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Looking Ahead: 10 Things E&C Leaders Must Consider in a Post-Pandemic World | FMI

Looking Ahead: 10 Things E&C Leaders Must Consider in a Post-Pandemic World

By Jay Bowman

Pandemics force a mass reckoning, and 2020 left no one untouched. The events of the past year, from stop work and shelter-in-place orders to massive unemployment, half a million people dead from COVID-19, and a wave of natural disasters, catalyzed changes long at work in the construction industry nearly overnight. The way we work has changed, and as we rebuild, the question is not only how to recover, but also how we want the future to look.

This spring, the nation’s baseball stadiums have been turned into mass vaccination sites, trillion-dollar pieces of legislation are being pushed through Congress by a new administration, and a full reopening is finally in sight. It is time for contractors to focus on the years that come after the pandemic, an era in which 60% of baby boomers will reach retirement age, and labor shortages will attenuate at the same time as technology uptake accelerates, changing the very definition of our work.

10 Important Trends for Contractors:
    1. The Impact of Minimum Wage Increase
    2. The Skilled Labor Shortage
    3. Vaccination of Employees and Subcontractors
    4. Succession Planning
    5. Contractual Risk Shifting by Owners
    6. Cryptocurrency and Blockchain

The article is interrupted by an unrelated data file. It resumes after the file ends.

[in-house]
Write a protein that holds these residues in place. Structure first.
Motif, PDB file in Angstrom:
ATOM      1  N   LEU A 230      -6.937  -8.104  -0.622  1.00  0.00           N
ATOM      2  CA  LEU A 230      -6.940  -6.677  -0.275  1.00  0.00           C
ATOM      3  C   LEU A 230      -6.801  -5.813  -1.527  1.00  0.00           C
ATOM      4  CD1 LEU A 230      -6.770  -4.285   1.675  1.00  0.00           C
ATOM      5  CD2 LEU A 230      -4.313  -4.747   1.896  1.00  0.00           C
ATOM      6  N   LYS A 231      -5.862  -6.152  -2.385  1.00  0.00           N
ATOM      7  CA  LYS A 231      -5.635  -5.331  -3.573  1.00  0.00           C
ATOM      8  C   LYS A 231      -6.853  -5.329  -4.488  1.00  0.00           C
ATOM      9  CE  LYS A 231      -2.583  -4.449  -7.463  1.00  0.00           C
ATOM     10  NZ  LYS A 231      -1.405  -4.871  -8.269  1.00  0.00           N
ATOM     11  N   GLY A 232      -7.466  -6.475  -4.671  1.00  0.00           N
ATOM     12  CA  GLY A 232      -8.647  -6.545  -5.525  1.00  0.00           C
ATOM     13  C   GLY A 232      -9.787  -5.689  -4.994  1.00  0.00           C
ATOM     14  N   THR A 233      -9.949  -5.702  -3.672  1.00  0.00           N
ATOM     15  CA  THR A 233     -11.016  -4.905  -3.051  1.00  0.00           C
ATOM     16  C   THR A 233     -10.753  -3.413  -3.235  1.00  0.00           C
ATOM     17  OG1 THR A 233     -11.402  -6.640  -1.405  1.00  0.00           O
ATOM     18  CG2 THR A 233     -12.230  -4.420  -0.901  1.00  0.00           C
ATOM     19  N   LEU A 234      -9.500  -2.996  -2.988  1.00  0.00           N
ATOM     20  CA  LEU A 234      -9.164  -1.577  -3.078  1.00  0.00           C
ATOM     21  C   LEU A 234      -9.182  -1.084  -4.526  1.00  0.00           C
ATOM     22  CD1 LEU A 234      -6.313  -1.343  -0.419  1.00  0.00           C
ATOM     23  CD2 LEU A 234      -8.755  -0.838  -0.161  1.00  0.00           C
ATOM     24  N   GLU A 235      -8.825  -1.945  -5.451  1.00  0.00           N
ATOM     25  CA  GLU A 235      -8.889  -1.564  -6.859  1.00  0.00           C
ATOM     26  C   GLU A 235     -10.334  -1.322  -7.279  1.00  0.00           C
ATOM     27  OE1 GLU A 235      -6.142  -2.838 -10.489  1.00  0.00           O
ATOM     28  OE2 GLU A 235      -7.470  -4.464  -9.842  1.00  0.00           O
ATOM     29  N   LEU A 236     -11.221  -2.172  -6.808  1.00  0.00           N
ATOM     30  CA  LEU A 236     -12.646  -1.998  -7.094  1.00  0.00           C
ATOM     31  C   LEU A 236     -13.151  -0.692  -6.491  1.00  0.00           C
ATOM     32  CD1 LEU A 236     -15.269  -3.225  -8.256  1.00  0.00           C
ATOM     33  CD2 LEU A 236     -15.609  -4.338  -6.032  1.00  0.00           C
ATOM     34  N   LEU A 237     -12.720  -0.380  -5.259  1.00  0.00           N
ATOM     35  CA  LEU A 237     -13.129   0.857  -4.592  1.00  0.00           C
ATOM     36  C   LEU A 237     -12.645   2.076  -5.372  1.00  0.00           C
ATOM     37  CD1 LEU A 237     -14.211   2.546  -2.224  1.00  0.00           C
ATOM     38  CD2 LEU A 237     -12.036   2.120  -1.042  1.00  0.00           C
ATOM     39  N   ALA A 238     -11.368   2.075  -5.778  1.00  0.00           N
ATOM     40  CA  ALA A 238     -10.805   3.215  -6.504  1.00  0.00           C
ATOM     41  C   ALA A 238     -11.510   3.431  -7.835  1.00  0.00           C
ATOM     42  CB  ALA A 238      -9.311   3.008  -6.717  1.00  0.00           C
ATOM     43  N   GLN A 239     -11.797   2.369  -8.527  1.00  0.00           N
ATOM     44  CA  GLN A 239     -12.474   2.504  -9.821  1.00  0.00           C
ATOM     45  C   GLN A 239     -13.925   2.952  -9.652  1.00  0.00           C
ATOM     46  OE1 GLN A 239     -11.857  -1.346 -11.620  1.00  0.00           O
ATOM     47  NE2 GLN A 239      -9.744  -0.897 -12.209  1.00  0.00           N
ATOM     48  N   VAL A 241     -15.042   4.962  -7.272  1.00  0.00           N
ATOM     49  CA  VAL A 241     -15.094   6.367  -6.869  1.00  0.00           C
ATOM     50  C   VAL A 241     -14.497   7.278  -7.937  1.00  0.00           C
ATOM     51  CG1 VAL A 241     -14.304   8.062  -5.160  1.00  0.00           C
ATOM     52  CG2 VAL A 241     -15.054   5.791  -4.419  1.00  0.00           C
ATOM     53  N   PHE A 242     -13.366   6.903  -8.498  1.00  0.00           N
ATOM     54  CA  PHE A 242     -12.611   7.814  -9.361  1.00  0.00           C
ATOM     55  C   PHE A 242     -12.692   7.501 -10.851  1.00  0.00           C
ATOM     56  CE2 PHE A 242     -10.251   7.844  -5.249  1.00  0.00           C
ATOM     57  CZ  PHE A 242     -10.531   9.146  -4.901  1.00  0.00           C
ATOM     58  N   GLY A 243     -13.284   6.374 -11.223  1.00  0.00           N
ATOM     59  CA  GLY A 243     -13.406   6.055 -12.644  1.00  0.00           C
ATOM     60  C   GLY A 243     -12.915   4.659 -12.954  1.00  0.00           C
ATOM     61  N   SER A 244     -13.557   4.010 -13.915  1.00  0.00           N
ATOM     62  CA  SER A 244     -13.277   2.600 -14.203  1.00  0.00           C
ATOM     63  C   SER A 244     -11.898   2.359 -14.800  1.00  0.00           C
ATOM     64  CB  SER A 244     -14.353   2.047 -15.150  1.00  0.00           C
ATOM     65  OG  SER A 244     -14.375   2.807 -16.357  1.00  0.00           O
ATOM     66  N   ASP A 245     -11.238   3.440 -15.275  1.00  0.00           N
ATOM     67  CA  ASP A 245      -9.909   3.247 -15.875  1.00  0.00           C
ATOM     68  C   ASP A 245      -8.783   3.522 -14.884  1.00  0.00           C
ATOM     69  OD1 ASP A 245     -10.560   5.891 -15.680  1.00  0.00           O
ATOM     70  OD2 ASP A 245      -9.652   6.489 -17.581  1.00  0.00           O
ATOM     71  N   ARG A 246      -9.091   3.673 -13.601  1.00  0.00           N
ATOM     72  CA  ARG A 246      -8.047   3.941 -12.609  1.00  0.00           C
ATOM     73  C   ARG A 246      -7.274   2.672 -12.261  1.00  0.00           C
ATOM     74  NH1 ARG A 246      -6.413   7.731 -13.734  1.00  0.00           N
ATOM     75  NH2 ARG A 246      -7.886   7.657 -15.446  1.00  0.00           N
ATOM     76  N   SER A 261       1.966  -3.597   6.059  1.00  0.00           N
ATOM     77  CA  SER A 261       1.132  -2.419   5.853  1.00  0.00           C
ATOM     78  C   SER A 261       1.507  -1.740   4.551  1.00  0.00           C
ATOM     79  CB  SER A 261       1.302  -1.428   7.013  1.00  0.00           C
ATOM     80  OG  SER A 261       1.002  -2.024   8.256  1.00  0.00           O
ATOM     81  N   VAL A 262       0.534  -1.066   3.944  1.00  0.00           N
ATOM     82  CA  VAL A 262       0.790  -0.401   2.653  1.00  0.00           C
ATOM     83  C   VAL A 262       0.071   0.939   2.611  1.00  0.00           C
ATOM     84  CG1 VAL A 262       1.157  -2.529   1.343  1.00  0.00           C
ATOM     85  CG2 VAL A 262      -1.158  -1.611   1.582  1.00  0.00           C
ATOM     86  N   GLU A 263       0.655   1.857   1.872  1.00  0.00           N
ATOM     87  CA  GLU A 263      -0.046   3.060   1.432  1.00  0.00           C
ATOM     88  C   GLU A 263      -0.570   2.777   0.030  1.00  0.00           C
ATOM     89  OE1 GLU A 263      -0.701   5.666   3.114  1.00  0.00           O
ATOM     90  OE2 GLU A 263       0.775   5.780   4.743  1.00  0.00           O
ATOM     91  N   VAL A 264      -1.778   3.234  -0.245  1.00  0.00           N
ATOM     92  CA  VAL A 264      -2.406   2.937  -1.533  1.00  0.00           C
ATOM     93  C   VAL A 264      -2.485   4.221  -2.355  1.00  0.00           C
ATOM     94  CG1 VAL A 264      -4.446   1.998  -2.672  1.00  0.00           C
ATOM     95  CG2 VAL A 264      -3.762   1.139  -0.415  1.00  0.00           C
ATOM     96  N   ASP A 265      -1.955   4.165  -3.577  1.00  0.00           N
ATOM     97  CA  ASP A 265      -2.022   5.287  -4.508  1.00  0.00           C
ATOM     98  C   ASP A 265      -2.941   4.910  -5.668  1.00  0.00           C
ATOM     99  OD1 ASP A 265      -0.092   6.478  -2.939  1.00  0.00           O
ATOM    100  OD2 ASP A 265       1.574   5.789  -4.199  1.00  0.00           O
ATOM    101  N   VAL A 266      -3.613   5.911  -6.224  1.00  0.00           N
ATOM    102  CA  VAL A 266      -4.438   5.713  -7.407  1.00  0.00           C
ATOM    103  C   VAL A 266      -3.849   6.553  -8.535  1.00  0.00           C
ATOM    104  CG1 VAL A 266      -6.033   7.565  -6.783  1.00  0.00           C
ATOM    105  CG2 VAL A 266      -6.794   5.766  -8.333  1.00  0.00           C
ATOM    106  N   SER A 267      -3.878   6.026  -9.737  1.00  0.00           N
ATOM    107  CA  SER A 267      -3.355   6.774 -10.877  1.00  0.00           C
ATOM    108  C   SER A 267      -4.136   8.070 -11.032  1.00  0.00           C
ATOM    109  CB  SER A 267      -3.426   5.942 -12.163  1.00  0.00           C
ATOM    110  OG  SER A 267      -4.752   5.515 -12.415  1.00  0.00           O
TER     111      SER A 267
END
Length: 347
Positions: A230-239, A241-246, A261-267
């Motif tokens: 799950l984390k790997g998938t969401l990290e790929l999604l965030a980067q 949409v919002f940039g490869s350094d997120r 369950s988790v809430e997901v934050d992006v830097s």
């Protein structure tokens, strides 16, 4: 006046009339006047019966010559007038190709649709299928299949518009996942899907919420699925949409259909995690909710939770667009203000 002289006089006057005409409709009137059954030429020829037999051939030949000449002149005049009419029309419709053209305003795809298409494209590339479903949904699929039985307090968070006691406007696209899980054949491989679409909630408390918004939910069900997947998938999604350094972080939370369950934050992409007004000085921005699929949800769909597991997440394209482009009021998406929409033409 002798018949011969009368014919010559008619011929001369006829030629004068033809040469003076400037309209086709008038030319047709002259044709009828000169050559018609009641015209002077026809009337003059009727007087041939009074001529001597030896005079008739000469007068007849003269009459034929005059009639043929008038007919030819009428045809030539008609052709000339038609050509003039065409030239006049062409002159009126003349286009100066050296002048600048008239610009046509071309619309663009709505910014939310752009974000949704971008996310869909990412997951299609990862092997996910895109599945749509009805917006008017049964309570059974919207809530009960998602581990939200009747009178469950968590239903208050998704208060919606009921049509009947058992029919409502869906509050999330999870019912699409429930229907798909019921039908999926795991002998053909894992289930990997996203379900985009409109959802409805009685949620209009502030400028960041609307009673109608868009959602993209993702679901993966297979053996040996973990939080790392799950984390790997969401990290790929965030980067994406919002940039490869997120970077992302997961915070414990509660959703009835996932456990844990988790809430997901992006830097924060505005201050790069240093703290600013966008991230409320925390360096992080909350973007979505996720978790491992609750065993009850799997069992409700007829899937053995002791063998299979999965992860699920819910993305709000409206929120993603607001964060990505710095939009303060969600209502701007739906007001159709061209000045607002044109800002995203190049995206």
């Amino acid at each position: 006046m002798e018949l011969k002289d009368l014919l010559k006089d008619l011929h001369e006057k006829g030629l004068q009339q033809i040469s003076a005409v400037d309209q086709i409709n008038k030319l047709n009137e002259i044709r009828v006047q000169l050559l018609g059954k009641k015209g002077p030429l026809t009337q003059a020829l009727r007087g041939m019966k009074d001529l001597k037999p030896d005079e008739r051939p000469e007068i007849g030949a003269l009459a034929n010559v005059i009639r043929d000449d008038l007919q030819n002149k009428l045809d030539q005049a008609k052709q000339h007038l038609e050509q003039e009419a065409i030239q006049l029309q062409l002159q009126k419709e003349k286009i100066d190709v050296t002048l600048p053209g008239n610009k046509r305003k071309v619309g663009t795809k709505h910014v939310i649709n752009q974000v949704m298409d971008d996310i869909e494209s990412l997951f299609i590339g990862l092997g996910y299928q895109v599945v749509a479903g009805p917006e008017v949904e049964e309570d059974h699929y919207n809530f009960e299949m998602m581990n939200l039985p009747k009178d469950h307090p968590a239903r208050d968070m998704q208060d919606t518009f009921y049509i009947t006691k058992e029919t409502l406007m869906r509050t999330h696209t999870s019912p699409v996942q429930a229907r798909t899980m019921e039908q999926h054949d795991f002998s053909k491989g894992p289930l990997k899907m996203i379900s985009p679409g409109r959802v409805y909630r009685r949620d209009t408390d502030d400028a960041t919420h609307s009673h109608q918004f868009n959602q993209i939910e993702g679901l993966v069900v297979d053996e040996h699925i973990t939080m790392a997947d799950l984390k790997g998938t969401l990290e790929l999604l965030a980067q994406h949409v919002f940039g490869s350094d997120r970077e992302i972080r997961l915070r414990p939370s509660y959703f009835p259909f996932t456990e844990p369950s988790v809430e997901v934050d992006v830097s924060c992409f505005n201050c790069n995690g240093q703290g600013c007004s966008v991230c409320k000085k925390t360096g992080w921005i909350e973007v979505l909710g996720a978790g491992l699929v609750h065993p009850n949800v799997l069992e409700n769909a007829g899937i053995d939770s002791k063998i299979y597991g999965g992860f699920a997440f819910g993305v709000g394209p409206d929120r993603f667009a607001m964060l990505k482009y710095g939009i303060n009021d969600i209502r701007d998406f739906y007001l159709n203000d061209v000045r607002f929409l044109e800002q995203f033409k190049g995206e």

7. Autonomous Vehicles
    8. Distributed Energy Resources
    9. Stimulus and Other Infrastructure Spending
    10. Diversity, Equity and Inclusion

Those in the engineering and construction industry who approached this year as a logistical and imaginative challenge have found that solutions are often within their capabilities. Data-sharing protocols and in-house security apparatus have allowed builders to forge ahead, while those who have invested in the next generation of leadership found themselves adaptable in a landscape that seemed to shift from day to day. The period of change is far from over, and the question for those bidding projects is, now you’ve survived, how will you adapt?


About the Author
Jay Bowman is a principal with FMI. Jay assists a broad range of stakeholders in the construction industry, from program managers and general contractors to specialty trades and materials producers, with the identification and assessment of the risks influencing the strategic and tactical decisions they face. In this role, Jay’s primary responsibilities include research design and interpretation, based on developing an understanding of the context within which these organizations operate. Jay can be reached at jbowman@fminet.com
This report was produced in conjunction with McGriff, a leading insurance broker providing insurance, benefits and surety solutions for the construction industry. For more information, please visit: www.mcgriff.com